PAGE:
I like to imagine James Fergusson opening the front door of his house in suburban Malvern in 1872 - his brand new house, and walking in and gazing admiringly up at this wonderful stained glass window that he had commissioned for his new mansion. Every night when James came home it told him that he was a successful businessman, a member of parliament; that like so many men who had arrived with not much in the 1850s, he had made it in goldrush Victoria.
Like so many objects when they come in to the museum’s collection, further detective work is required to get them to tell the whole story. When the museum acquired this window it in fact came out of a 1960s suburban house in Malvern, not out of its original mansion, and it took considerable work to work out that it fact that it had come from a mansion long-demolished. The key to that was the coat of arms that sits in the centre of the window - research shows that that is actually the coat of arms of the Fergusson Scottish clan with the three boars heads and the buckle. From that we are able to piece together that in fact there was a Fergusson - James Fergusson - who had built a mansion in 1872 which he called “Glenferrie” just adjacent to what is now Glenferrie Road.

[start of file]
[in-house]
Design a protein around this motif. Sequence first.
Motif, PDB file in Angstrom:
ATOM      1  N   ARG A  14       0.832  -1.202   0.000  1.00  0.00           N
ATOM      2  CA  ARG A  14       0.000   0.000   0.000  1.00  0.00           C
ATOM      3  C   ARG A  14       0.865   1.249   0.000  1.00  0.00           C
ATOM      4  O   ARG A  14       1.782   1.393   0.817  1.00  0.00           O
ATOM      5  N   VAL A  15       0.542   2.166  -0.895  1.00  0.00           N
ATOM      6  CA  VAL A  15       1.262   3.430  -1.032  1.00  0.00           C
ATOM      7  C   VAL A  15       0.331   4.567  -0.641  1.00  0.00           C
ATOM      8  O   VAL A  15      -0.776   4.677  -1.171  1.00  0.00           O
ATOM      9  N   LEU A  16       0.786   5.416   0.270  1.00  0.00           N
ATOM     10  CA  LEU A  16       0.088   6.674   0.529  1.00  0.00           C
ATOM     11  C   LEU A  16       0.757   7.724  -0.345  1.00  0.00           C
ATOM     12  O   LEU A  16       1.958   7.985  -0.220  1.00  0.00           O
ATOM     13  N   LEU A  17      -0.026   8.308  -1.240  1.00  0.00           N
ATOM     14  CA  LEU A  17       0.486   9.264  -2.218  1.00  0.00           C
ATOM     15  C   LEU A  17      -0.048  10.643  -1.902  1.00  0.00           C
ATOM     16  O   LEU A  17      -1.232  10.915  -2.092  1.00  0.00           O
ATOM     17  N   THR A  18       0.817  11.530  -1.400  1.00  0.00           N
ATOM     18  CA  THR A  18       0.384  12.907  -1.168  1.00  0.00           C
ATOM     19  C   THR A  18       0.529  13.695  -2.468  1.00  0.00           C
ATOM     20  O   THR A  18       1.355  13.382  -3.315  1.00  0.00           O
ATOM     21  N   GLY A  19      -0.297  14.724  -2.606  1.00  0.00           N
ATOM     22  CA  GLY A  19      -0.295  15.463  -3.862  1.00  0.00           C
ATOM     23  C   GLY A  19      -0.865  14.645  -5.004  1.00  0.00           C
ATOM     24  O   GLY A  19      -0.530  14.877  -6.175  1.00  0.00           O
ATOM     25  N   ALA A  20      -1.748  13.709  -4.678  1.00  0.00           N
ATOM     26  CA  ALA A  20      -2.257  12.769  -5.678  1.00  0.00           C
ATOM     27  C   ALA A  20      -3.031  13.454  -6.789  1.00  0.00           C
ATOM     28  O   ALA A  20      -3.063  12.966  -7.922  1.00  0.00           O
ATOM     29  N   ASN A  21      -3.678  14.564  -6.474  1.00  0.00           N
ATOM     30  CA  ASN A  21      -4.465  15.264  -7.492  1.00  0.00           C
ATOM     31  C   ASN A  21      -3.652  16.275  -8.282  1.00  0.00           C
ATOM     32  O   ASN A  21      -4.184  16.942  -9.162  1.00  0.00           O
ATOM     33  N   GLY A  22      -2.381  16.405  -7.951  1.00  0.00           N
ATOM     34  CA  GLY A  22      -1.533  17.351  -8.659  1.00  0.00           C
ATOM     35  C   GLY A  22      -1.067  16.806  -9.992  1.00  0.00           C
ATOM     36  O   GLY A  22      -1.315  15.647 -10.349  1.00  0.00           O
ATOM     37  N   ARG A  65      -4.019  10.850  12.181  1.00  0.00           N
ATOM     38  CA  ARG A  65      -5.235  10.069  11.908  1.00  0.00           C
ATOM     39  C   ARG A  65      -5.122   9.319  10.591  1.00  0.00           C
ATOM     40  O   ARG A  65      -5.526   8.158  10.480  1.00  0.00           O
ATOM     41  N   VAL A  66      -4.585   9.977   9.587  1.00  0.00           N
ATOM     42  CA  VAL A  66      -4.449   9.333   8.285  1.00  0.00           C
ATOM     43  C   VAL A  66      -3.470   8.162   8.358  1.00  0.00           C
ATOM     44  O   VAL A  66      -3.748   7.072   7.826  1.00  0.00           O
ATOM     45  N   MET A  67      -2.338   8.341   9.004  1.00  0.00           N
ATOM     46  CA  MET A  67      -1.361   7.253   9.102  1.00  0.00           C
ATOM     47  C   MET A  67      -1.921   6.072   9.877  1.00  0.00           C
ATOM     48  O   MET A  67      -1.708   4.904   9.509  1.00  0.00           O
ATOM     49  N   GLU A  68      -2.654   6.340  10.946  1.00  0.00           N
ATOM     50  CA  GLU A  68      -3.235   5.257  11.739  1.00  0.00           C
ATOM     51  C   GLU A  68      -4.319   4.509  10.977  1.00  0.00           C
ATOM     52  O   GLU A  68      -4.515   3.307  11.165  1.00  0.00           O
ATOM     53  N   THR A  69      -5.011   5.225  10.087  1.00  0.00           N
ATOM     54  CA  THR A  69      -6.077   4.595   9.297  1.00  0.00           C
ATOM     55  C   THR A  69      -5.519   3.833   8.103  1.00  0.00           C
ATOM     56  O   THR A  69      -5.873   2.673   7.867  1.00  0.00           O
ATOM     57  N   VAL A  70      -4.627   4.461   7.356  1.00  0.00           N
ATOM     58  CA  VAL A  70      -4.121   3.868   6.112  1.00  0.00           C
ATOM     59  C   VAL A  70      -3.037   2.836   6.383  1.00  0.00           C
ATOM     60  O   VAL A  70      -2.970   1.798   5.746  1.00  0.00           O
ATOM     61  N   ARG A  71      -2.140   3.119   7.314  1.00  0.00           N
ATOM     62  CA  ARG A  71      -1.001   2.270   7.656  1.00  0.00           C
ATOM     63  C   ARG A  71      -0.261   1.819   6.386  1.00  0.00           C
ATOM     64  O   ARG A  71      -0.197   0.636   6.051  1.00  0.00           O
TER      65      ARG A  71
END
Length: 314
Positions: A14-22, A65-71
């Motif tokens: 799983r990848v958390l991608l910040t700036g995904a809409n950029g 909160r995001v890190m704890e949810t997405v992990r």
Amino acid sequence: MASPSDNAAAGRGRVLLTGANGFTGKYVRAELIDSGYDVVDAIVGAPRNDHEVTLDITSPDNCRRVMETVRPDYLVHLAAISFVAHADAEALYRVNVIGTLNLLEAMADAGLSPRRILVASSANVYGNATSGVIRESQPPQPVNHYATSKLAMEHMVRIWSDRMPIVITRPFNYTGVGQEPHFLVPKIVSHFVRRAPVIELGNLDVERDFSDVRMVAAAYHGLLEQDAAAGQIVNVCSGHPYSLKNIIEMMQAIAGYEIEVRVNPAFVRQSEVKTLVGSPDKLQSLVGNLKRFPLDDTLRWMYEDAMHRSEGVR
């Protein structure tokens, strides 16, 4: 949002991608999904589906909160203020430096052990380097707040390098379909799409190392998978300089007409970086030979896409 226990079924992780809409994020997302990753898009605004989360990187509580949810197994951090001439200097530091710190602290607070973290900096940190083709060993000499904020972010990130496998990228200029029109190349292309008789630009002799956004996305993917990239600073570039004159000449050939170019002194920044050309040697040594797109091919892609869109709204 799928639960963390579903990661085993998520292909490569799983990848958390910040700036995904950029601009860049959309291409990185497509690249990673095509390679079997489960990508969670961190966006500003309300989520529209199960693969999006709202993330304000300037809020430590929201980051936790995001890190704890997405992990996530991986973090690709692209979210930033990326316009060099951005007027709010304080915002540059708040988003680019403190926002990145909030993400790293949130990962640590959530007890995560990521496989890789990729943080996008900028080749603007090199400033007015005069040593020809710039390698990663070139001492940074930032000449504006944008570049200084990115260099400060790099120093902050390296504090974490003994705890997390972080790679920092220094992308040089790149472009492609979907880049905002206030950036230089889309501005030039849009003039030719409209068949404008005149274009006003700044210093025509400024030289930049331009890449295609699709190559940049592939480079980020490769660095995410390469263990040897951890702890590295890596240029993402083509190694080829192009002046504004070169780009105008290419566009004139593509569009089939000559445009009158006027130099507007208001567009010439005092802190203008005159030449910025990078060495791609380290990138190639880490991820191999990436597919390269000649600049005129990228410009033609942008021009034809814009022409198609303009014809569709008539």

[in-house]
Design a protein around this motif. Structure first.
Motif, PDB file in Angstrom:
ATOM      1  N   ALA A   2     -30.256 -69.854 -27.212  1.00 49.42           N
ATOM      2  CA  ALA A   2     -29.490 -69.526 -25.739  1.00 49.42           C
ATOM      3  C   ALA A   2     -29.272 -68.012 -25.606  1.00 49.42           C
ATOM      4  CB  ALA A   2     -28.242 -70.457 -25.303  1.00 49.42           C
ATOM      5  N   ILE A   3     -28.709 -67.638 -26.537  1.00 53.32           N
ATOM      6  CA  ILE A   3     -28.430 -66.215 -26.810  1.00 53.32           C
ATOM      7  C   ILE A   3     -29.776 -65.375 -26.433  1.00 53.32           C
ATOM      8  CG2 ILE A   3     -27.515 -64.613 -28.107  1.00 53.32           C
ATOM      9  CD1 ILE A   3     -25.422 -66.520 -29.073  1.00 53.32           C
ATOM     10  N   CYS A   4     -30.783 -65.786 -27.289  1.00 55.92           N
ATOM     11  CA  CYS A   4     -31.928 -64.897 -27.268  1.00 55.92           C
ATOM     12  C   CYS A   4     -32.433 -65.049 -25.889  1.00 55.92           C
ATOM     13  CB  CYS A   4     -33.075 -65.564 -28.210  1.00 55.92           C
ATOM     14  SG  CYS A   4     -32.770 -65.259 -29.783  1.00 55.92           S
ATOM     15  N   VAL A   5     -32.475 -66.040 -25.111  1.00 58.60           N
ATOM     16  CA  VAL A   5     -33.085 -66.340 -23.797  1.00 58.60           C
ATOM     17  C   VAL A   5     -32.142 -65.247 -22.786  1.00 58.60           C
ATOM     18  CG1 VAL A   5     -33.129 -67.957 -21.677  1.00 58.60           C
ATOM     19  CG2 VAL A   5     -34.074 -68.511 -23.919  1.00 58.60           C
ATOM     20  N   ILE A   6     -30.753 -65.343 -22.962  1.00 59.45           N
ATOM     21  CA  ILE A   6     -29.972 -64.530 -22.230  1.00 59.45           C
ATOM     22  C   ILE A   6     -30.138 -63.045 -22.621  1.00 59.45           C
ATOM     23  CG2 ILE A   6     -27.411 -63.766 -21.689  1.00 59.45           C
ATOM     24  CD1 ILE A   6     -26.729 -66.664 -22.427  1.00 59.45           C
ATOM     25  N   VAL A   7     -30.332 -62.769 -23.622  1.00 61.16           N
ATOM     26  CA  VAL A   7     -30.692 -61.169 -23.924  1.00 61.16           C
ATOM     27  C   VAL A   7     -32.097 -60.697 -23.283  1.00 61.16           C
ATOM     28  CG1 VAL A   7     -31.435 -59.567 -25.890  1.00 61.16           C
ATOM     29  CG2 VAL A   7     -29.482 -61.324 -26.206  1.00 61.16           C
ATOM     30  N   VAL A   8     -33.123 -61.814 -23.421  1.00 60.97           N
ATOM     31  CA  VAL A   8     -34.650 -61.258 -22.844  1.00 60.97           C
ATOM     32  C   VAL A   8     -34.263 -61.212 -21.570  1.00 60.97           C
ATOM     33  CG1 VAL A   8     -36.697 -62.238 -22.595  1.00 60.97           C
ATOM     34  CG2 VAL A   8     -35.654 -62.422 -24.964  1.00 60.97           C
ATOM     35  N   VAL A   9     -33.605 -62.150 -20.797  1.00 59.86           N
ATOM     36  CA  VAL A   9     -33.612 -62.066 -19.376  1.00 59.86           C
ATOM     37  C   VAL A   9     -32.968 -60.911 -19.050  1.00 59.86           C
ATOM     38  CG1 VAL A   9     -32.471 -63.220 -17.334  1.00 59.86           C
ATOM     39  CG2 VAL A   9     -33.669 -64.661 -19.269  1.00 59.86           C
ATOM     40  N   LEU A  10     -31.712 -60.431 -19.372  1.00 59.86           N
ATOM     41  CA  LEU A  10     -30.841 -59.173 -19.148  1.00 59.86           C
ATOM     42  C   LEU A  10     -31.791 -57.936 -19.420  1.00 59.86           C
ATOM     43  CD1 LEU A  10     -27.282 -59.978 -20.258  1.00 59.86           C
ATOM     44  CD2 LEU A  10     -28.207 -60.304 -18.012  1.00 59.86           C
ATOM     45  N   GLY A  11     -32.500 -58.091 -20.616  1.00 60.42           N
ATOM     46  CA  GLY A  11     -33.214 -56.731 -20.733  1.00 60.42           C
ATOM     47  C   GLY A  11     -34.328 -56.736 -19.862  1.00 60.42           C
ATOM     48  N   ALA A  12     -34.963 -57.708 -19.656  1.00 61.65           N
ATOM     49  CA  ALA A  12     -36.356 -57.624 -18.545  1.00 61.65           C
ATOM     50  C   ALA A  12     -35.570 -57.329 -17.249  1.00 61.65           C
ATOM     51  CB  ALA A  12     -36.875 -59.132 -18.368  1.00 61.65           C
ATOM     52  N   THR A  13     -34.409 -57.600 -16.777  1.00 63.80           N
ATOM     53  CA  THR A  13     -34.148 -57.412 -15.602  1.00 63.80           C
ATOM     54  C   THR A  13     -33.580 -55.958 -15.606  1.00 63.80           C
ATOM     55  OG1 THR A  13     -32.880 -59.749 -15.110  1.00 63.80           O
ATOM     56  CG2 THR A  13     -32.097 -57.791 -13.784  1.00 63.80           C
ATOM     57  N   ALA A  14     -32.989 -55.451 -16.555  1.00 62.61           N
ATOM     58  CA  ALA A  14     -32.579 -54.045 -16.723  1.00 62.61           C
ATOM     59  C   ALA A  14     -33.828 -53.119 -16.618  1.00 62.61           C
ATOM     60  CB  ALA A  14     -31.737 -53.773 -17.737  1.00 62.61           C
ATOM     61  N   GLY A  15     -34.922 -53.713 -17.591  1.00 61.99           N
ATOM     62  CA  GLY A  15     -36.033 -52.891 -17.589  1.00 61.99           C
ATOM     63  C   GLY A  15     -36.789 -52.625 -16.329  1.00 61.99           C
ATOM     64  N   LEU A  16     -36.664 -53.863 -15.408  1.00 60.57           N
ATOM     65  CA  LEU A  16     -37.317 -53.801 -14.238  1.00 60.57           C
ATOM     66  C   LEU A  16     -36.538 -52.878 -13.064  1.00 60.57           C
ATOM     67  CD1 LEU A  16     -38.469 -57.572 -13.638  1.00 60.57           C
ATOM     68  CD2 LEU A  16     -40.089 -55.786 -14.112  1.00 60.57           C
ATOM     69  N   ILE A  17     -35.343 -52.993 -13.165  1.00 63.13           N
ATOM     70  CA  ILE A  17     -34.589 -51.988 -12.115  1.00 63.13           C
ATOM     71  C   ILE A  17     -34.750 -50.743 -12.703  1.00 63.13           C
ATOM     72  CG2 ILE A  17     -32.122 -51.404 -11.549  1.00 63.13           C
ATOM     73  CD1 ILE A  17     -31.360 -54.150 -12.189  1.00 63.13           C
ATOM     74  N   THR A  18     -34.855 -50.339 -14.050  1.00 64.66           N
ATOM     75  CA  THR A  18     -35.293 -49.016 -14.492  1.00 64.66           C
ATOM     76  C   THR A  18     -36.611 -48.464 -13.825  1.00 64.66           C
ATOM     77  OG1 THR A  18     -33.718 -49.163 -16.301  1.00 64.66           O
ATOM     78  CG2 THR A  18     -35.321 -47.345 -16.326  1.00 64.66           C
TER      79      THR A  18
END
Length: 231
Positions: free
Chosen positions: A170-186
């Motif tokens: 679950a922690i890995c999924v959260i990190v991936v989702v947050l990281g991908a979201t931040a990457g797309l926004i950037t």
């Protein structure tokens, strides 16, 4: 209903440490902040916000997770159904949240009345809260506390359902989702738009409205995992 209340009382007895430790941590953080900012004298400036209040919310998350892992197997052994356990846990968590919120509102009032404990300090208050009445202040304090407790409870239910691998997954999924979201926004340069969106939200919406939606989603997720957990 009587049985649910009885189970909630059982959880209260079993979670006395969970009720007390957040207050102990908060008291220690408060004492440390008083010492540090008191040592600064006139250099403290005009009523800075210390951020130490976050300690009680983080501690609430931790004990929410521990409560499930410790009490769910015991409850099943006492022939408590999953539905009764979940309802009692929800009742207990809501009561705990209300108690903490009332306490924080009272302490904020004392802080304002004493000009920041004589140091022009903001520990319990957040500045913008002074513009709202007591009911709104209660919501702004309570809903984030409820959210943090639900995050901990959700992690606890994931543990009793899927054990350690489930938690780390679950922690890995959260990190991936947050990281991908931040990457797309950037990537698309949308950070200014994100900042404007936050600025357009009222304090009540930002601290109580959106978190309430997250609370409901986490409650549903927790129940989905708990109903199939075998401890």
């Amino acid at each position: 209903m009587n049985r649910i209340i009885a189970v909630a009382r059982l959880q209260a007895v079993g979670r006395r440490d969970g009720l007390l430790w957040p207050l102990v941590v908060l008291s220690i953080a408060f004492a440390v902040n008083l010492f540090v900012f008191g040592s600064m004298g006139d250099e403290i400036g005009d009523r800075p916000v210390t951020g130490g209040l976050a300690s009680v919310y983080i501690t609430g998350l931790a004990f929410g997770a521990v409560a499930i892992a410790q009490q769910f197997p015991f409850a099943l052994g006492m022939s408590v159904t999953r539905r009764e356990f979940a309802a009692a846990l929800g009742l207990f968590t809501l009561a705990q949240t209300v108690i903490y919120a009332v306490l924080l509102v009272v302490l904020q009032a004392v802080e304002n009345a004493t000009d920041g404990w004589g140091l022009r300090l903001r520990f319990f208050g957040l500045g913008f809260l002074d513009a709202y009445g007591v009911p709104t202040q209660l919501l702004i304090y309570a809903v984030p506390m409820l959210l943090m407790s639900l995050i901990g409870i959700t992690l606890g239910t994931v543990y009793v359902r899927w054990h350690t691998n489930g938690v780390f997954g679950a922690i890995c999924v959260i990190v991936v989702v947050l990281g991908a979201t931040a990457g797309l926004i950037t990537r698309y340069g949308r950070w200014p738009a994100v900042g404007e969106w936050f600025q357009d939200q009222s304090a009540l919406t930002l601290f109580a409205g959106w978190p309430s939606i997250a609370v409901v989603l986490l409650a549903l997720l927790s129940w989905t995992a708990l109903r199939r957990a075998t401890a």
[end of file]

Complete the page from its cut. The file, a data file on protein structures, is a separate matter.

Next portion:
The window also tells us about the pride of a whole generation of wealthy merchants and politicians and businessmen in Melbourne after 20 years since the discovery of gold and the establishment of the colony of Victoria, they could now look back on their achievements, and all the panels here on the window depict the shipping, the farming, the mining, the agriculture and the industry that had transformed Melbourne in those 20 years.
The window is made by a local stained glass manufacturers - Ferguson and Urie in North Melbourne, but we think they’ve actually incorporated images that have been brought from England, because many of the themes look rather more English than they do Victorian. The people gathering hay look like they are doing it in Hampshire rather than the Western District, and the sheep, down in the bottom corner, look rather more like they’re in the Sussex Downs than they are Gippsland.
But at the pride of place up at the top of the window is the Australian colonial coat of arms, so this was an English and Victorian window at one and the same time.